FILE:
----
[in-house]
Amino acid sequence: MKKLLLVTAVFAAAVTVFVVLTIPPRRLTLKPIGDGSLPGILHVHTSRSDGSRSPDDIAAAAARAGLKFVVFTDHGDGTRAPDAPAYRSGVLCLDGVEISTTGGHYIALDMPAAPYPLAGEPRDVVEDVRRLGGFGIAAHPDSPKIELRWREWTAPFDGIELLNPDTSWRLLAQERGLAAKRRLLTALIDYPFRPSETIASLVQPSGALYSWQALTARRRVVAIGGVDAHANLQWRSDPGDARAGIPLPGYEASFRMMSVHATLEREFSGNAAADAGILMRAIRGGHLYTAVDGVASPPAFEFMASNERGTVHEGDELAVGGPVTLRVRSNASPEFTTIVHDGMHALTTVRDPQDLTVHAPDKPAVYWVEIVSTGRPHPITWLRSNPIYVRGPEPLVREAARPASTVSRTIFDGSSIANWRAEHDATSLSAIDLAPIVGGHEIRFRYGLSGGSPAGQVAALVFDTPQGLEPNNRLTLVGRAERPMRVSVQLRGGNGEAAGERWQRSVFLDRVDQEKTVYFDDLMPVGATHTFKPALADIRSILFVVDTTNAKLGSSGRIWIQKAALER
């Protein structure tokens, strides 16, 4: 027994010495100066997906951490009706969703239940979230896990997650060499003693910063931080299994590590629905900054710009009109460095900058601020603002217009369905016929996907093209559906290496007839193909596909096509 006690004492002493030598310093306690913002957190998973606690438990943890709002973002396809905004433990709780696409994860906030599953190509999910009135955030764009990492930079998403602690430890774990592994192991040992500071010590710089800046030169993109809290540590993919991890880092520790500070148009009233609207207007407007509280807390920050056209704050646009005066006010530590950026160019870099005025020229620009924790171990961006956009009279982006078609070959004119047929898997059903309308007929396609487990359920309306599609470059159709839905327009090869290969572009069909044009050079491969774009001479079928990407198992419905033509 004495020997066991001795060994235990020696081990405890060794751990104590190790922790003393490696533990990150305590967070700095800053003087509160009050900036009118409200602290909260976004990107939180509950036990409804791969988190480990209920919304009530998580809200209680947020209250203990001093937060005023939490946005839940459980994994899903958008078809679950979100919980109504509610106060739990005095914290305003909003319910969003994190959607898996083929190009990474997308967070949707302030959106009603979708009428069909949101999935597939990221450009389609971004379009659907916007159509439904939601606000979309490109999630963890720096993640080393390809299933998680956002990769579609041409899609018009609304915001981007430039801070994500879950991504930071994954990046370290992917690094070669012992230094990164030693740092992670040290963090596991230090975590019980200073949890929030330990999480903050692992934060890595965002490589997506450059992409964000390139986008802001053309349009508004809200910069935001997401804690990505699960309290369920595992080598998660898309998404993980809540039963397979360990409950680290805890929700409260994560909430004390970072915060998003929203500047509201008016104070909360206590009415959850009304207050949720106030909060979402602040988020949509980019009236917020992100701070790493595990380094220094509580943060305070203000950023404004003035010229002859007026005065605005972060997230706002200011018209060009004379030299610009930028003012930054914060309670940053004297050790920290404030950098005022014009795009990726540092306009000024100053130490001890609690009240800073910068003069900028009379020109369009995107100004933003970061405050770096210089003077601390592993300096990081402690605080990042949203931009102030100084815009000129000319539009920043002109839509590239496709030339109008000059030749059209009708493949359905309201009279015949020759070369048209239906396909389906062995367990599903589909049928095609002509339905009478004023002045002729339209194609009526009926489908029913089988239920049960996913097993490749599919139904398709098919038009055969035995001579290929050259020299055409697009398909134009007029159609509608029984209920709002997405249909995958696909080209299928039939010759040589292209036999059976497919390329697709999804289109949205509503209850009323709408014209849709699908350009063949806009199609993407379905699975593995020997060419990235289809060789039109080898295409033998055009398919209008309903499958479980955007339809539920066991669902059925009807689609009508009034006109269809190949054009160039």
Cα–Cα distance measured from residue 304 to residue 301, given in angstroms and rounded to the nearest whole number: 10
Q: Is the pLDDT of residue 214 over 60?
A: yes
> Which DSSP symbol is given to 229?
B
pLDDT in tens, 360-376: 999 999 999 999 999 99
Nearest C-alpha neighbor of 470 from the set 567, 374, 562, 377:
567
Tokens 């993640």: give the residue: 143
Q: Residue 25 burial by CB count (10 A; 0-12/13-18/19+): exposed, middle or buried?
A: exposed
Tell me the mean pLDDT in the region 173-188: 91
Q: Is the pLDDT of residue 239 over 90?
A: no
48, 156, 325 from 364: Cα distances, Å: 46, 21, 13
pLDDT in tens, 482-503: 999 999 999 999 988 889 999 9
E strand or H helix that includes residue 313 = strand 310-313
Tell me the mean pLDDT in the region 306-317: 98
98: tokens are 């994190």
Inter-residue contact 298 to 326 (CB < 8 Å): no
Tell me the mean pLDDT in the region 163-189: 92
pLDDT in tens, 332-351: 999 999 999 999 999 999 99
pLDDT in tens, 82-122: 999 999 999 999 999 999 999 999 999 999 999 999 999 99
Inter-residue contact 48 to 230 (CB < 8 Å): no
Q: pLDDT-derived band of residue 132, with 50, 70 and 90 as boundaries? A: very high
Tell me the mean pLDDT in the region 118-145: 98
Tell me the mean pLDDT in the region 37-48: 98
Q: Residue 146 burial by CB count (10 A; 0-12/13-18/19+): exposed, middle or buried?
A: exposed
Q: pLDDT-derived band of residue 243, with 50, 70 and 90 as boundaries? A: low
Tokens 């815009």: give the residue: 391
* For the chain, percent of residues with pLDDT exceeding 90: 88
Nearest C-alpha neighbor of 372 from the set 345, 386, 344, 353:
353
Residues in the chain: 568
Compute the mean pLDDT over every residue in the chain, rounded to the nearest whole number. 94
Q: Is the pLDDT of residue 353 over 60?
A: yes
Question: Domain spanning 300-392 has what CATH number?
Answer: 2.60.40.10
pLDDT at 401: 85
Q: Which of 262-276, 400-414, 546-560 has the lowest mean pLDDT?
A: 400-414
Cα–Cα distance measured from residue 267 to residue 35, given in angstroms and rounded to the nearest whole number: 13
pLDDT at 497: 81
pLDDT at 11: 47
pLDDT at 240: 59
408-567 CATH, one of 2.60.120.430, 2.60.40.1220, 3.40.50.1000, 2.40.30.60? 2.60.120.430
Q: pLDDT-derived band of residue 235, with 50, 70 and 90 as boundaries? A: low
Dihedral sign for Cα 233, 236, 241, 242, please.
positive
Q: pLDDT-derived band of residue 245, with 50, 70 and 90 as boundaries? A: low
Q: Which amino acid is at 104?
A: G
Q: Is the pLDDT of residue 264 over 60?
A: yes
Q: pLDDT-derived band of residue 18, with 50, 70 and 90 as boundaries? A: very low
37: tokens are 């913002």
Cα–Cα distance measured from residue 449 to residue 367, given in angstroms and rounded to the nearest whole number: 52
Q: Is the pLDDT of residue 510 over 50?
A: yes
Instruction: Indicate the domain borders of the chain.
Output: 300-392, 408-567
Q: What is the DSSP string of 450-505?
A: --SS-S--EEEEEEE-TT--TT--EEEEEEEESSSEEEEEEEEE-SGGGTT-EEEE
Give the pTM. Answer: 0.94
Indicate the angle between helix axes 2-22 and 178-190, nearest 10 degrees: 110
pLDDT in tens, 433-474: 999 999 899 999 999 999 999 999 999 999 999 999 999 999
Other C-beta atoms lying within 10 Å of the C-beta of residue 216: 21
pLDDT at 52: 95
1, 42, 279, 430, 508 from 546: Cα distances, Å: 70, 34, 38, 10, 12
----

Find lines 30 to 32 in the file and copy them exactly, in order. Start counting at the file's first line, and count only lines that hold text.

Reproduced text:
Tell me the mean pLDDT in the region 37-48: 98
Q: Residue 146 burial by CB count (10 A; 0-12/13-18/19+): exposed, middle or buried?
A: exposed